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Costly bargain: Pakistan spent $100 bn to fight terrorism in last 11-years

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By NewsGram Staff Writer 

New Delhi: Latest Pakistan Economic Survey of 2014-15 has revealed a shocking piece of information. The country spent around $100 bn (Rs. 6.4 lakh crore) between 2004-05 and 2014-15 to fight terrorism.

Based on current budget allocation, the sum could have sustained Pakistan’s education funds for 134 years to come.

The losses are direct and indirect. Of the $6.63 billion lost due to terrorist attacks in 2013-14, 38 per cent represented reduced tax collection and 30 per cent reduced foreign investment.

Pakistan contends that the heightened incidences of terrorism is a reaction to the conflict and instability in Afghanistan after the 9/11 attacks.

The US invasion of Afghanistan led to an increased influx of refugees into bordering Pakistan, which “witnessed a sudden spike in the frequency and scale of terrorist attacks”, according to the Economic Survey.

Pakistan’s economy is estimated to have grown 4.2 percent during 2014-15.

How terrorism disrupts business

Terrorism in Pakistan is driven by sectarian and ethnic factors. 54,960 people (including terrorists) have died since 2005, according to data released by South Asia Terrorism Portal(SATP), a resource from the New Delhi-based Institute of Conflict Management.

According to IndiaSpend, Pakistan had seen a 748 per cent increase in terrorism-related deaths over the past decade.

Terrorism has disrupted production cycles, delayed exports and increased business costs. “Pakistani products have gradually lost their market share to competitors,” the Survey said.

Pakistan is ranked 154th out of 162 countries, according to the 2015 Global Peace Index, a measure of unrest, published by the Institute for Economics & Peace, a think-tank based in Sydney.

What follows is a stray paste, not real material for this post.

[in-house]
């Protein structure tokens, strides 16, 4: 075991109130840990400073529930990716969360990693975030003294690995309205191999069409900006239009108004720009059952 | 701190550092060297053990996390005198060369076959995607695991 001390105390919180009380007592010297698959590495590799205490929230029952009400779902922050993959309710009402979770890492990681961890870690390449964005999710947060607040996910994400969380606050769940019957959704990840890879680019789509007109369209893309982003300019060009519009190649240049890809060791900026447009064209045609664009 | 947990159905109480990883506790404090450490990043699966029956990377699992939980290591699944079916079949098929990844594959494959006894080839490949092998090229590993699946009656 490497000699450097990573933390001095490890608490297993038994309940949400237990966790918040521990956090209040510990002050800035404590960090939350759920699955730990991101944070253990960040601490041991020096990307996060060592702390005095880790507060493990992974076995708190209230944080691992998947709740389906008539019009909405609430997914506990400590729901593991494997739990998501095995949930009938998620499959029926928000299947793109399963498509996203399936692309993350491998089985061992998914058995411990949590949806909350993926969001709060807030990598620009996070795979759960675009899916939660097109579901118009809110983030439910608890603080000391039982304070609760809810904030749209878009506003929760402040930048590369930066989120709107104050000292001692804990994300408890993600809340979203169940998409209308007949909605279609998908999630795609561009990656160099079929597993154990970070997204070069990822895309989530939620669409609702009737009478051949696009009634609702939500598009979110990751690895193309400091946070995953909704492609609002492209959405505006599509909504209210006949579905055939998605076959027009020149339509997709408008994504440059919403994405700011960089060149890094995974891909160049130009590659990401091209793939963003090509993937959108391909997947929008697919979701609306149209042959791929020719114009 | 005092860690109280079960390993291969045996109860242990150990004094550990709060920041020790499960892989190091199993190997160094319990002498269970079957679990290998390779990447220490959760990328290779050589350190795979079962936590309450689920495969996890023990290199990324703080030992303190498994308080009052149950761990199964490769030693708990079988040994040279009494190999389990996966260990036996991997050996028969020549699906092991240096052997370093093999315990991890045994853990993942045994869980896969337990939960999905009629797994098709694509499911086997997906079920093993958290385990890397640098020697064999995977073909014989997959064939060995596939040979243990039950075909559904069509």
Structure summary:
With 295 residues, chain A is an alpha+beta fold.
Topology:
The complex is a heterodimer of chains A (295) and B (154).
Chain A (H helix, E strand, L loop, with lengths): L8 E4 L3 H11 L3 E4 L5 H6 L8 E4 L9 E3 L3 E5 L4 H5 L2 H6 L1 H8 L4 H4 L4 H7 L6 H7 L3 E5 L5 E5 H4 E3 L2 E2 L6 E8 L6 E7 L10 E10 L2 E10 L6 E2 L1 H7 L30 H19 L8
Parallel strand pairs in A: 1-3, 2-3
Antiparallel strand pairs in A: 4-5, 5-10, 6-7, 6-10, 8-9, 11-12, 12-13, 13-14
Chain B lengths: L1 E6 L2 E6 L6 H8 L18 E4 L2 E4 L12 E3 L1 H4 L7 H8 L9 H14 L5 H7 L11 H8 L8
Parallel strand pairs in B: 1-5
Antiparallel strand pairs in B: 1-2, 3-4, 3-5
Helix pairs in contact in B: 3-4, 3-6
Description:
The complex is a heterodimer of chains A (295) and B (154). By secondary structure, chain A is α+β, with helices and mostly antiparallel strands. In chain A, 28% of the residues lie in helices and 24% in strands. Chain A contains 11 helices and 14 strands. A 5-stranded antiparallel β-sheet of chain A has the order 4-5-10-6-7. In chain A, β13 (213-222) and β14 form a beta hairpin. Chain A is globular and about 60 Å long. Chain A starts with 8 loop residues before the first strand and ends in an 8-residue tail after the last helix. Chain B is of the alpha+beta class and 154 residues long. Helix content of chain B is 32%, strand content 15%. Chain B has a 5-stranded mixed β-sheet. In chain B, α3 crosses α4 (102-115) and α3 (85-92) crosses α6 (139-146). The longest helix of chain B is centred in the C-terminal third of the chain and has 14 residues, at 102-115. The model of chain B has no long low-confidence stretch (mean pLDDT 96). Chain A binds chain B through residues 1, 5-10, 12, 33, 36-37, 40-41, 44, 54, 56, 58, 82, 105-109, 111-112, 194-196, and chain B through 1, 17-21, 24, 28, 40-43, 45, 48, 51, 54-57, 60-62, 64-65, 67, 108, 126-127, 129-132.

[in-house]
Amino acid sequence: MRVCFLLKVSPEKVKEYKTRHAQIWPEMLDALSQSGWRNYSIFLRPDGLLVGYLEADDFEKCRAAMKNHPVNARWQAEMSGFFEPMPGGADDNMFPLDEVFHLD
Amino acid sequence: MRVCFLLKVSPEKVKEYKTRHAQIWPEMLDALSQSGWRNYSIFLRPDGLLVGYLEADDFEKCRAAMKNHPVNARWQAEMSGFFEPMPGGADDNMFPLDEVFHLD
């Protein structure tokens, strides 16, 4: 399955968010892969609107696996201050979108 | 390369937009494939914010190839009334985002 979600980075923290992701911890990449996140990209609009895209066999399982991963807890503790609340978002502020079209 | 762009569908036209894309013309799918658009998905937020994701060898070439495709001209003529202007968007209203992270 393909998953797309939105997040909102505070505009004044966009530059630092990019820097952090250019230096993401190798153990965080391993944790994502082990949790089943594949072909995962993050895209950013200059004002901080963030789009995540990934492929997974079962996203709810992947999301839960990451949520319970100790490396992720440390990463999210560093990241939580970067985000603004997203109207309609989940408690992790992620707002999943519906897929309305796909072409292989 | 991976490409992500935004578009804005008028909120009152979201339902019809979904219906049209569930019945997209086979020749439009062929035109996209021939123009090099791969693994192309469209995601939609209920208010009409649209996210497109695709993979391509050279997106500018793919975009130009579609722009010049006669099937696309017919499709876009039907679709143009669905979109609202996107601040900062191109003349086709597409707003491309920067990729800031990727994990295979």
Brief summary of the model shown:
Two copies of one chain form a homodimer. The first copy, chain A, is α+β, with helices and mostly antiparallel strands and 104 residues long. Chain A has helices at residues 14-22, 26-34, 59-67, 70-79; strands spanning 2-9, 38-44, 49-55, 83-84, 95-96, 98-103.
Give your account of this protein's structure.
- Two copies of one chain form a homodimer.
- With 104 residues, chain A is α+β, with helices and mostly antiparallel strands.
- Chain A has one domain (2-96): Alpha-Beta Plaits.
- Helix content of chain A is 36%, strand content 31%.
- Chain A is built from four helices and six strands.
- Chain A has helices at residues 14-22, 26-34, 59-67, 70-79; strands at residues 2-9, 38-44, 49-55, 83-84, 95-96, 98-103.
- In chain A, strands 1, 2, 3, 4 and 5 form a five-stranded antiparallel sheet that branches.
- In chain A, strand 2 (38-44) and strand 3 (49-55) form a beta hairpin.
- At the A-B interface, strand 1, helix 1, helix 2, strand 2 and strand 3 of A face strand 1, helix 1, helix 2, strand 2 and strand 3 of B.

The index judges peacefulness of a country based on 23 indicators under three broad themes: 1) safety and security in society; 2) domestic and international conflict and; 3) degree of militarisation.

With a rating of 3.049, Pakistan is ranked 8 places ahead of last-placed Syria (ranked 162nd) but 11 places behind neighbouring India (ranked 143rd).

Tribal areas the most violent

The Federally-Administered Tribal Areas (FATA) in Northwestern Pakistan are the country’s most violence-prone region, accounting for more than half of all terrorism-related deaths in 2014, according to SATP.

Sindh accounted for 21 percent of total deaths, followed by Balochistan with nearly 12 percent.

The FATA region is home to the violent Tehreek-e-Taliban Pakistan (TTP), founded in 2007 and currently headed by Maulana Fazlullah.

The TTP is a different organisation from the Afghan Taliban, originally founded and supported by Pakistan in the 1990s to exert influence over Afghanistan.

TTP “was founded to fight (the) Pakistani establishment,” D. Suba Chandra, director of Institute of Peace and Conflict Studies, said in a comment in The Hindu.

TTP has claimed responsibility for some of the most serious attacks in Pakistan, including that on an army school in Peshawar last year. More than 130 children died in that attack.

Terrorism and counter-terrorism

“This attack is a response to Zarb-e-Azb (sword of the prophet) military offensive and the killing of Taliban fighters and the harassment of their familie”,” TTP spokesperson Muhammad Khorasani had said last year.

The Pakistani Army launched Zarb-e-Azb on June 15, 2014 in retaliation for a deadly attack on Karachi airport that left 28 people (including 10 terrorists) dead.

The operation has led to the death of 2,763 militants over the past year, according to Major General Asim Bajwa, director general of Pakistan’s Inter-Services Public Relations.

However, Pakistan’s anti-terrorism efforts have been selective as a US State Department report points out.

It says that the Pakistani military moved against domestically-focused groups, such as the TTP, while the Afghan Taliban and the Haqqani network leadership continued to find safe havens.

While the Pakistani military action only disrupted the activities of these groups, it did not target them directly, the US report said.

The report further states that Pakistan took no action against groups such as anti-India Lashkar e-Tayyiba (LeT), which continues to “operate, train, rally, propagandize and fund-raise in Pakistan”.

Terrorism has been a contentious issue between India and Pakistan. Pakistan accuses neighboring India of supporting separatists in Balochistan as well as other militant groups. Pakistani Defence Minister Khwaja Asif recently accused India of helping terrorist groups in the country to launch “heinous acts” and said that India “has designs against Pakistan”.